The arbitrator's award extended beyond the damages caused by the actions of the slaughtering and boning employees, however. His award also encompassed the damages caused by the refusal of persons not represented by Local 195 to cross the Supply picket lines.*fn8 Apparently, the arbitrator included these damages because he found that the picketing itself - apart from the actions of the slaughtering and boning employees in honoring the picket lines - was proscribed by the collective bargaining agreements covering the slaughtering and boning units.*fn9 Arbitrator's Opinion at 9-11. We therefore must decide whether the Supply employees' right to picket was an arbitrable issue where the collective bargaining agreement covering those employees had expired, but where the local which represented them had agreements which related to different bargaining units, and which contained no-strike and arbitration clauses.*fn10

Our problem is that the two basic propositions with which we began analysis of the arbitrability of the first part of the arbitrator's award (page 6, supra) cannot form the foundation for analysis of the second part. It is one thing to say that a union, in representing one collective bargaining unit, may bargain away that unit's right to honor picket lines, but quite a different thing to say that in representing one unit the union may bargain away the right of a different unit to picket at the first unit's work location. And yet this is exactly the result which the arbitrator reached. He interpreted collective bargaining agreements for the slaughtering and boning employees in such a way as to allow Packers to recover damages caused by the picketing of Supply employees, who were members of an entirely different collective bargaining unit, and whose collective bargaining agreement had expired.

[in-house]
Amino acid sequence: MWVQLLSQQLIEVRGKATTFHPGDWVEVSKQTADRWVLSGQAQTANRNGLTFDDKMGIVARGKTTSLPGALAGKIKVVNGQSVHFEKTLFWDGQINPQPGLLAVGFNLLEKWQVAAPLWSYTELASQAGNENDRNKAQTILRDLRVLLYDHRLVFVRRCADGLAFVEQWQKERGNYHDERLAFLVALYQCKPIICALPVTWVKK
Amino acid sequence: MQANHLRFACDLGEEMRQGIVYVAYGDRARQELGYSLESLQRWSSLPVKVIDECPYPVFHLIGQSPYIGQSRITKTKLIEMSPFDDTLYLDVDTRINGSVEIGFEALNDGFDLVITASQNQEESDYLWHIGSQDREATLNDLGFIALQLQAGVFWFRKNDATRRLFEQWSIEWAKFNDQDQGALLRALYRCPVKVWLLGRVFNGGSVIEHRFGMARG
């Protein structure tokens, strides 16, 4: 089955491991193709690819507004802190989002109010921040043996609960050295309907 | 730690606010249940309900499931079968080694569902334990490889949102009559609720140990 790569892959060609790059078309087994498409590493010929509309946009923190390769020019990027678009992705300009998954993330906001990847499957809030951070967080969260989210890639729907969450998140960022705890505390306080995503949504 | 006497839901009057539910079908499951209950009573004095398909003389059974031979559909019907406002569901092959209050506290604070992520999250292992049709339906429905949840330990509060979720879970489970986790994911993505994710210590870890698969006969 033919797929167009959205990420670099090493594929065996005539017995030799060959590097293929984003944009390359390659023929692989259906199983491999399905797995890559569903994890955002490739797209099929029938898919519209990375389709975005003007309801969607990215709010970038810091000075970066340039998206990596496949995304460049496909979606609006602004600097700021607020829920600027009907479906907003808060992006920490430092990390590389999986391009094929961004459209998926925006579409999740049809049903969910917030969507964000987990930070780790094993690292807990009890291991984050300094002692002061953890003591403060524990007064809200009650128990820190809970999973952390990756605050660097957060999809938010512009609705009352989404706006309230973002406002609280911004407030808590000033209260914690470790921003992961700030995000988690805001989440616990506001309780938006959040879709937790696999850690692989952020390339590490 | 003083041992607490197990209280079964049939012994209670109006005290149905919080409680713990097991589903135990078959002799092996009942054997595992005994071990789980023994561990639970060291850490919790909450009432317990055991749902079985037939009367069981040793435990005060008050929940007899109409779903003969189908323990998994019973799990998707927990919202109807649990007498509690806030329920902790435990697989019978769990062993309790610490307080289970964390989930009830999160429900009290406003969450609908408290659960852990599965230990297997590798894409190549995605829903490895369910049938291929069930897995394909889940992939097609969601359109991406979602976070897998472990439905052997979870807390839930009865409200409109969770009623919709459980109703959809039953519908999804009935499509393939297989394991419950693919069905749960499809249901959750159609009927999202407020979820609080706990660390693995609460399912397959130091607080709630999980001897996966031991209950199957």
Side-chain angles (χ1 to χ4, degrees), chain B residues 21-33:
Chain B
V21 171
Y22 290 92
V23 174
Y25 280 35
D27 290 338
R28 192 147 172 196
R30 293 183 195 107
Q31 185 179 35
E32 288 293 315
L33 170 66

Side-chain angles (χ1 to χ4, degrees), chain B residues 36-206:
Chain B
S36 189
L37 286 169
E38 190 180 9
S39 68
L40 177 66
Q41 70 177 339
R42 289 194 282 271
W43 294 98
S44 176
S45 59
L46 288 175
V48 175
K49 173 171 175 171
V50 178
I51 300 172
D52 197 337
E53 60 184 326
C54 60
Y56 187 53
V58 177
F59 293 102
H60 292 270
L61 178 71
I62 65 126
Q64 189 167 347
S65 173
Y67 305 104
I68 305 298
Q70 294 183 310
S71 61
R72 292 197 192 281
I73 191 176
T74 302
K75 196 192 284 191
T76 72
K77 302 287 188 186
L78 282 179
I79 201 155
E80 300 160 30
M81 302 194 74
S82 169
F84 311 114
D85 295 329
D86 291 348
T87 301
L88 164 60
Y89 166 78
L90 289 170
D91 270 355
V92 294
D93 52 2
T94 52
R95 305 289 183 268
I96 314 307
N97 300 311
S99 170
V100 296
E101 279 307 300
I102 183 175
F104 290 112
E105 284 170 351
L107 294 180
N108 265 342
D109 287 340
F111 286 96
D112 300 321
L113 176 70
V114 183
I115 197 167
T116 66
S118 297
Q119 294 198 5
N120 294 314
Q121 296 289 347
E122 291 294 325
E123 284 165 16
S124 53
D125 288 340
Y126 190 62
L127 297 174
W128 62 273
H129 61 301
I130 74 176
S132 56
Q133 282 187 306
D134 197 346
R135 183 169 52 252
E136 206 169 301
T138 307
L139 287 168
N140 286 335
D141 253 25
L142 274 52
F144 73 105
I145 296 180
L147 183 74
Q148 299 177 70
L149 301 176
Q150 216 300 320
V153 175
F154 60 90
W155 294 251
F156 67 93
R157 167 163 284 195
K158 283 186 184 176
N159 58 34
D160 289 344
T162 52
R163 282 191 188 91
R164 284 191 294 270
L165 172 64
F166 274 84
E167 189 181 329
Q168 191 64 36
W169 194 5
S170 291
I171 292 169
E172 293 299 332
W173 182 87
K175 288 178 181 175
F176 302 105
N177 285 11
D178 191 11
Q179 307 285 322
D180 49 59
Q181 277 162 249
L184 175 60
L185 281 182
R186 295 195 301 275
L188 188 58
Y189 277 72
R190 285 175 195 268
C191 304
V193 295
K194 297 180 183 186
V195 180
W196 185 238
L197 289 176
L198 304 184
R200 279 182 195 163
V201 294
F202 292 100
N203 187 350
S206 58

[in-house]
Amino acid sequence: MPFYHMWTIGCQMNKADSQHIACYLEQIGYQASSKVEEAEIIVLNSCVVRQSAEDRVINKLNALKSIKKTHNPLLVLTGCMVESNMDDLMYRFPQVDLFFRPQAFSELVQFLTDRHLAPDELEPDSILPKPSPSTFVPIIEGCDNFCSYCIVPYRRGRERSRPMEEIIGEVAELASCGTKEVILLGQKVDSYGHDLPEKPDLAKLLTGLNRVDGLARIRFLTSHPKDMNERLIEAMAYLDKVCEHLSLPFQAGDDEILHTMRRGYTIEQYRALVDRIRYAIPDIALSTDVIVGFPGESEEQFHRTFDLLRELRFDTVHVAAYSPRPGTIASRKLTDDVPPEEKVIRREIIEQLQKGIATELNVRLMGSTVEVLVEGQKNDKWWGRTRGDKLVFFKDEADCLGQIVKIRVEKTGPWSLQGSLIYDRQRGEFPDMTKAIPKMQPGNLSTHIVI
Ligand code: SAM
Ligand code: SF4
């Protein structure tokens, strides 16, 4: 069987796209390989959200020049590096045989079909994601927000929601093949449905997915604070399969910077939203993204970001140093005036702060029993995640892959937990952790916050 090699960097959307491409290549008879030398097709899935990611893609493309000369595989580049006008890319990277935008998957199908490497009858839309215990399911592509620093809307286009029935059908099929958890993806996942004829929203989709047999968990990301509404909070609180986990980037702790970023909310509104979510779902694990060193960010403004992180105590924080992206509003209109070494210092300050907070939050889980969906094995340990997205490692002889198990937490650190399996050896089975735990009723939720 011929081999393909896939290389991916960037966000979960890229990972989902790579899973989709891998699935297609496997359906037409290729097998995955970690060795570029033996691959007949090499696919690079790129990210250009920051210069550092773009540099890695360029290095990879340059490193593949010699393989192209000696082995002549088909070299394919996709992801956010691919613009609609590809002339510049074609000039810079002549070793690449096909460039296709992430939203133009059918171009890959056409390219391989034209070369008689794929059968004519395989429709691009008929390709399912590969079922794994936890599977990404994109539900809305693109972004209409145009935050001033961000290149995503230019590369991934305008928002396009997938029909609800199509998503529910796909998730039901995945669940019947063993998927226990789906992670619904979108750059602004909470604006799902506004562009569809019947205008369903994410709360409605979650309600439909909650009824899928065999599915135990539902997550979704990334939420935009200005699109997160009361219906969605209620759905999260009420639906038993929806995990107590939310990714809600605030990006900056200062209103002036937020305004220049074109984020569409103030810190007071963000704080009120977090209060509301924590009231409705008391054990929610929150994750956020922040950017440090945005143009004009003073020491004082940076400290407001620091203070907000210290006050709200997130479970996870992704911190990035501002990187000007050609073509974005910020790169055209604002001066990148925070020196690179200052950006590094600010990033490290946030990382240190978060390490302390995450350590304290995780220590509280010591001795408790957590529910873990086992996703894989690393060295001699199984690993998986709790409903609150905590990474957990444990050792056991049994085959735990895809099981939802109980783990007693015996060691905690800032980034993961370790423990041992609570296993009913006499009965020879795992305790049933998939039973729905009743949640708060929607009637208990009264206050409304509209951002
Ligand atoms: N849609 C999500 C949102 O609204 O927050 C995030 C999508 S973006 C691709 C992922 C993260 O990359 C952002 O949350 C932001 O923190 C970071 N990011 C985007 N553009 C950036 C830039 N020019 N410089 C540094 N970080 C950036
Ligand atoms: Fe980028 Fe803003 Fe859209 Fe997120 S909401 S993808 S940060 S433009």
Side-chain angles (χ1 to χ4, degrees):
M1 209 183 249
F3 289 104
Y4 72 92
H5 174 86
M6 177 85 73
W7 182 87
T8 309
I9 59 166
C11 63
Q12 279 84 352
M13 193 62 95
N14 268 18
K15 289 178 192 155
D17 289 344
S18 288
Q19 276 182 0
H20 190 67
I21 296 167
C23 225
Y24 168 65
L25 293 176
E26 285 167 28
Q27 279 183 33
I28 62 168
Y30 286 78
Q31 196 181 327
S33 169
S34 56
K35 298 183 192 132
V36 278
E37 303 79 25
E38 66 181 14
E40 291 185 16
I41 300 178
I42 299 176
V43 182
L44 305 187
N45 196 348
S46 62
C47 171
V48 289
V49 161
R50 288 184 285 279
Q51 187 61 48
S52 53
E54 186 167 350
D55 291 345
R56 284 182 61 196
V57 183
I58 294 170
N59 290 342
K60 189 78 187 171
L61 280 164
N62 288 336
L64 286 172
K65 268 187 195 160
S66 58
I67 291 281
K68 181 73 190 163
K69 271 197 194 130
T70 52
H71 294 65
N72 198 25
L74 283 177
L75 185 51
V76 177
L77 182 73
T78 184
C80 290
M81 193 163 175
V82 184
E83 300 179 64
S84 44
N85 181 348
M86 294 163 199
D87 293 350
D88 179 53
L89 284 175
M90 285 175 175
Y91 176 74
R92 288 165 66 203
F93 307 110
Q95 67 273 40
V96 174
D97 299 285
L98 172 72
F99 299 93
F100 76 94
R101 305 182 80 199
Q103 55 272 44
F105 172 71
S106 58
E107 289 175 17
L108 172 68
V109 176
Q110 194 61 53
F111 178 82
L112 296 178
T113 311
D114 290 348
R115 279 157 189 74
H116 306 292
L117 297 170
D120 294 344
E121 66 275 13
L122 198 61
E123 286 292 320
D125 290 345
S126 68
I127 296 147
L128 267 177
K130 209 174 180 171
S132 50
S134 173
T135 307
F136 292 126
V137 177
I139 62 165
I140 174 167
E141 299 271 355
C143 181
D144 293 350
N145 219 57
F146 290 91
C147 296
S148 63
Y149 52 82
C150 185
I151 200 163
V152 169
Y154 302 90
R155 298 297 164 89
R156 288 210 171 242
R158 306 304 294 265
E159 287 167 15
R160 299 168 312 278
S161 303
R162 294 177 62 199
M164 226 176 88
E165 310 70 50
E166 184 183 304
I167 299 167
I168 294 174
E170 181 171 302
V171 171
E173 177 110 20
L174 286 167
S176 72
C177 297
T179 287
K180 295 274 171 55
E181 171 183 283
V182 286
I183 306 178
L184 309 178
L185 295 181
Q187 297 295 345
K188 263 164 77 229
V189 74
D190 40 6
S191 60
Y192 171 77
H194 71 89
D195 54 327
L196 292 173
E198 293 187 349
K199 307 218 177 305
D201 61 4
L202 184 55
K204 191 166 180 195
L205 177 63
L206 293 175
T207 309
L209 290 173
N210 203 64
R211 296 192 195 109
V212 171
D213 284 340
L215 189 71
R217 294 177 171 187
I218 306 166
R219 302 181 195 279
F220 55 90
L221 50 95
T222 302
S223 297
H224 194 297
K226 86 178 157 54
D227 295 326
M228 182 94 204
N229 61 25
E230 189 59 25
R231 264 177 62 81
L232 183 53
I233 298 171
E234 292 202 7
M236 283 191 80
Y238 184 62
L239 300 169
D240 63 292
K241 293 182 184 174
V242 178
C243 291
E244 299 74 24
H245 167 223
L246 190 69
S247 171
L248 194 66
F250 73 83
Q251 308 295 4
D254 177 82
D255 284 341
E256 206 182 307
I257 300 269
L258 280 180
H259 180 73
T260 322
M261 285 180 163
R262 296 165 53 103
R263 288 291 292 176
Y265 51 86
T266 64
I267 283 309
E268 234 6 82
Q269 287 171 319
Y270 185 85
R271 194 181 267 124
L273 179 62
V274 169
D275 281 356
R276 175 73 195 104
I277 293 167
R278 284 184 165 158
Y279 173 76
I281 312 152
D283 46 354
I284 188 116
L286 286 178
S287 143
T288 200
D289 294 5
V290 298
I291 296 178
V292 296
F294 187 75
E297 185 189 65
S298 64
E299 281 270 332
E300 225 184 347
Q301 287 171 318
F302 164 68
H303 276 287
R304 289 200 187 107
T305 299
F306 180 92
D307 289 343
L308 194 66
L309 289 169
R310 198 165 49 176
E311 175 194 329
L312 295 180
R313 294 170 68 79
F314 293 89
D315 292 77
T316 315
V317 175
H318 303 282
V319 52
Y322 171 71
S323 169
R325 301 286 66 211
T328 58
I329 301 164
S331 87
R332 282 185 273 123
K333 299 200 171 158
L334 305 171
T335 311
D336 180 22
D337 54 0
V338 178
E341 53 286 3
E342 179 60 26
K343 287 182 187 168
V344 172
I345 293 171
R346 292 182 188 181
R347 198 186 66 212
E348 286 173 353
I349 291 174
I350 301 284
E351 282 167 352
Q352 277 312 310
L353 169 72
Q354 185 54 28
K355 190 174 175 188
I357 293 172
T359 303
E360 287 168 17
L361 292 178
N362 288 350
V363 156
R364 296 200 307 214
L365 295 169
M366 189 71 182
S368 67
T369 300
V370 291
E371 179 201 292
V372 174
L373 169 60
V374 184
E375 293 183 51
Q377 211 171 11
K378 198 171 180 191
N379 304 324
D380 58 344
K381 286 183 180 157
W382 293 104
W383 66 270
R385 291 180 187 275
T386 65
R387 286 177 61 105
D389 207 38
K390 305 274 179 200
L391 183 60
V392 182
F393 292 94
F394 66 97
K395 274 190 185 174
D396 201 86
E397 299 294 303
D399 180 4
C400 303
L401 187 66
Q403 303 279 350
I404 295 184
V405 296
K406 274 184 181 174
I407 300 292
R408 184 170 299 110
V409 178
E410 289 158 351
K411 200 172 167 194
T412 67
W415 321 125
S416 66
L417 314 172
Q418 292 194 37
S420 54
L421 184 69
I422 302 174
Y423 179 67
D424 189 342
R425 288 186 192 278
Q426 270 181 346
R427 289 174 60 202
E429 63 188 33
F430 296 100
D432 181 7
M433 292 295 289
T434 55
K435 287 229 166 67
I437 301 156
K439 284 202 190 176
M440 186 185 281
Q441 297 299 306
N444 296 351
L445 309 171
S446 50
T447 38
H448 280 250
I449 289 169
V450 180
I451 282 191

So far as we have been able to determine, we face a question of first impression. Strong arguments have been advanced on both sides. The union bases its contentions on the unassailable proposition that an arbitrator's power derives from an existing collective bargaining agreement. John Wiley & Sons, Inc. v. Livingston, supra, 376 U.S. at 546-47; Steelworkers v. Warrior & Gulf Co., supra, 363 U.S. at 582. Since the picketing related to a dispute between Local 195 and Supply, between whom there was no existing collective bargaining agreement, there was no contractual basis for the arbitrator's power to determine the union's right to picket. Put another way, the union is maintaining that it could not force Supply to arbitrate the economic dispute (negotiation of a new collective bargaining agreement) which gave rise to the picketing; therefore, there is no quid pro quo for the no-strike "agreement" which the arbitrator enforced against the union. See Avco Co. v. Local 787, UAW, 459 F.2d 968, 971-73 (3d Cir. 1972); see also The Boys Markets, Inc. v. Retail Clerks Local 770, 398 U.S. 235, 252-53, 26 L. Ed. 2d 199, 90 S. Ct. 1583 (1970).*fn11

Packers, on the other hand, points out that in both the slaughterhouse and boning agreements Local 195 guaranteed "for itself," without limiting "itself" to its capacity as representative for the slaughtering and boning units, that it would not engage in any work stoppage.*fn12 The company maintains that it had a right to rely on these clauses and that the local should not be allowed to circumvent them by "changing hats," first agreeing to broad nostrike clauses as the representative for two units, then picketing as the representative ...